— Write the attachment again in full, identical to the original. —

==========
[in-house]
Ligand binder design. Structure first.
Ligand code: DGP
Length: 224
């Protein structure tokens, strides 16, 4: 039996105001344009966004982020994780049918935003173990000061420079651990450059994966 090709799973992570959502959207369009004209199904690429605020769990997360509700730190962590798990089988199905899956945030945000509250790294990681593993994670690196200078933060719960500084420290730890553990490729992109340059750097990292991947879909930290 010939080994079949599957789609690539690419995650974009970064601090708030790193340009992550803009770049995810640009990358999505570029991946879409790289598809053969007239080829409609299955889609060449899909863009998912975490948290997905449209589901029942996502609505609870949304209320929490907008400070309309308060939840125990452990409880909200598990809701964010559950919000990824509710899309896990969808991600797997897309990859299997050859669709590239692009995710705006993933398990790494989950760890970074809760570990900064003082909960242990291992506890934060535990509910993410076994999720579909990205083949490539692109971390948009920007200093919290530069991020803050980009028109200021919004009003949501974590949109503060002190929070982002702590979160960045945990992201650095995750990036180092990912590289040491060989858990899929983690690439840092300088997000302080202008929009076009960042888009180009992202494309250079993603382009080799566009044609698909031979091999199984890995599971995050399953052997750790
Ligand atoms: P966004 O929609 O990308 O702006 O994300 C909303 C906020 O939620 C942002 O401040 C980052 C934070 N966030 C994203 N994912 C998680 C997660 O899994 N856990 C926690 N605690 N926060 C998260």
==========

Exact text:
[in-house]
Ligand binder design. Structure first.
Ligand code: DGP
Length: 224
């Protein structure tokens, strides 16, 4: 039996105001344009966004982020994780049918935003173990000061420079651990450059994966 090709799973992570959502959207369009004209199904690429605020769990997360509700730190962590798990089988199905899956945030945000509250790294990681593993994670690196200078933060719960500084420290730890553990490729992109340059750097990292991947879909930290 010939080994079949599957789609690539690419995650974009970064601090708030790193340009992550803009770049995810640009990358999505570029991946879409790289598809053969007239080829409609299955889609060449899909863009998912975490948290997905449209589901029942996502609505609870949304209320929490907008400070309309308060939840125990452990409880909200598990809701964010559950919000990824509710899309896990969808991600797997897309990859299997050859669709590239692009995710705006993933398990790494989950760890970074809760570990900064003082909960242990291992506890934060535990509910993410076994999720579909990205083949490539692109971390948009920007200093919290530069991020803050980009028109200021919004009003949501974590949109503060002190929070982002702590979160960045945990992201650095995750990036180092990912590289040491060989858990899929983690690439840092300088997000302080202008929009076009960042888009180009992202494309250079993603382009080799566009044609698909031979091999199984890995599971995050399953052997750790
Ligand atoms: P966004 O929609 O990308 O702006 O994300 C909303 C906020 O939620 C942002 O401040 C980052 C934070 N966030 C994203 N994912 C998680 C997660 O899994 N856990 C926690 N605690 N926060 C998260």